When Nike decided to support same-sex marriage in Oregon, it could have issued a statement of support.
Or its executives could have donated directly to Oregon United For Marriage, the group gathering signatures to put the issue to voters in 2014.
Instead, the Beaverton-based company chose to create its own political action committee called the Nike Equality PAC.
"This is kind of the rise of the corporation trying to play a much bigger role and much more overt role in politics," said Jim Moore, a politics professor at Pacific University. "That kind of money seriously suggests that you are going to be running a campaign."
Nike seeded its new PAC with $100,000 from the company directly and $180,000 from its executives. To put that in perspective, Oregon United for Marriage has raised nearly $213,000. Protect Marriage Oregon, which opposes same-sex marriage, has about $9,700, and Oregon Family Council Issues PAC has just less than $54,000, according to online records from the secretary of state's office.
"We chose to set up the Nike Equality PAC so that Nike, and its employees if they choose, have a specific avenue to support campaign efforts that are directly related to winning marriage equality in Oregon," the company said.
Moore called the decision fascinating because it meant Nike wanted more control over its donation than Oregon United for Marriage could offer.
"To me it was Nike acting like the state of Oregon was the University of Oregon," Moore said. "When (Nike owner) Phil Knight gives money to the University of Oregon, he can tell them what to do with it."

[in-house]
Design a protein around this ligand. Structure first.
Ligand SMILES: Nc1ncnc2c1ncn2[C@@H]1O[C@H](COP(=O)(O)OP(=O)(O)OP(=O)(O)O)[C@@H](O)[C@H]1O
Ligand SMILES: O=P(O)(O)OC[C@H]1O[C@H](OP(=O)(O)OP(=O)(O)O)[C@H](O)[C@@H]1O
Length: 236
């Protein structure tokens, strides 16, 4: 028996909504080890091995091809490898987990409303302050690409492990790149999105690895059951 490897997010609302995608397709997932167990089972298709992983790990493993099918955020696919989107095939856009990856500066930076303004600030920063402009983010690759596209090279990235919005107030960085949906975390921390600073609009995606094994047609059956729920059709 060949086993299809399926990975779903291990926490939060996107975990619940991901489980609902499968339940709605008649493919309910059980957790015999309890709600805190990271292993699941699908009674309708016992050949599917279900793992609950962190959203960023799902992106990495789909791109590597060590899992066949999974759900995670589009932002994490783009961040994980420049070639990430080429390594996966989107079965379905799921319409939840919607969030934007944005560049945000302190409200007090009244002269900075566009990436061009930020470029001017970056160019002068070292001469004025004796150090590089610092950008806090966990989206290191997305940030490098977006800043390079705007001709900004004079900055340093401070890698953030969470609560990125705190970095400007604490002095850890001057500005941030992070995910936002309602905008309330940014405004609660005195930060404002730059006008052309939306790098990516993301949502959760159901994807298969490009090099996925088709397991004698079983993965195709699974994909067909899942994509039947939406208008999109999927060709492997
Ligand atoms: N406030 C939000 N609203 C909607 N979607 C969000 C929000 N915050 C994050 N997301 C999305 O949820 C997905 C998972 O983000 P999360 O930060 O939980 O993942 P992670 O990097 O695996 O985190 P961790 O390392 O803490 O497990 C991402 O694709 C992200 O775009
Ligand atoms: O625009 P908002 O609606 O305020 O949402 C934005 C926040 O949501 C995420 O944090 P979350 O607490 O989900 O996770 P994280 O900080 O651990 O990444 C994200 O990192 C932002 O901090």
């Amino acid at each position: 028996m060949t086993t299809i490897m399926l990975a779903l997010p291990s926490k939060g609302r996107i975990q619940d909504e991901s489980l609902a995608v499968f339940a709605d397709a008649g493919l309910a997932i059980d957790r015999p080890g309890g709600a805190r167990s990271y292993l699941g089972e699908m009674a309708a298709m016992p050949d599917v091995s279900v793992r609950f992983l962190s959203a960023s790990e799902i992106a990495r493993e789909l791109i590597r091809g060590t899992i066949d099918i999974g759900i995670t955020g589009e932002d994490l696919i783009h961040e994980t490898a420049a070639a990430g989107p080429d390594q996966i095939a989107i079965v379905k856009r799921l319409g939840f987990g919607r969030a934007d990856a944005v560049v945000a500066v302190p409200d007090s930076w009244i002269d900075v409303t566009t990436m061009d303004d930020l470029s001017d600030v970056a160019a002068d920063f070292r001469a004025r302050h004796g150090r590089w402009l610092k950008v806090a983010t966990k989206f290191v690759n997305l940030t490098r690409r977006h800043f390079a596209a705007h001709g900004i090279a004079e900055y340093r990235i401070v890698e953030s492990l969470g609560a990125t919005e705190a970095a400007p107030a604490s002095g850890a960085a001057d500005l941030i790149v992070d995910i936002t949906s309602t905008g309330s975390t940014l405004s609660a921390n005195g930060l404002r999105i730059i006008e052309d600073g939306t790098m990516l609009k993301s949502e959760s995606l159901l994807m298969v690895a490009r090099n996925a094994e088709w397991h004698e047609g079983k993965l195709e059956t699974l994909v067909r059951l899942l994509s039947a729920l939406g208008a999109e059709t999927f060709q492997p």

Oregon United For Marriage spokeswoman Amy Ruiz said Nike doesn't plan to run its own commercials or hang its own door tags in support of same-sex marriage complete with Nike swooshes.
Ruiz said the company told the campaign it plans to work with them to "figure out the best way to support our campaign."
"At this point, they are raising funds," Ruiz said. "We are not at the point yet where we are talking about expenditures."
Still, Nike officials have said it's important the money it raises only be used to overturn Oregon's constitutional ban on same-sex marriage and not on other issues.
"That sounds like Nike doesn't trust the people running the campaign," Moore said.
Bill Allison, editorial director at the Sunlight Foundation, said he thinks part of the reason may be that the company wants to control the message and what can be traced back to Nike.
"Target gave to a group that was supporting an anti-gay marriage candidate because of clearly economic issues, and they were punished for it," Allison said.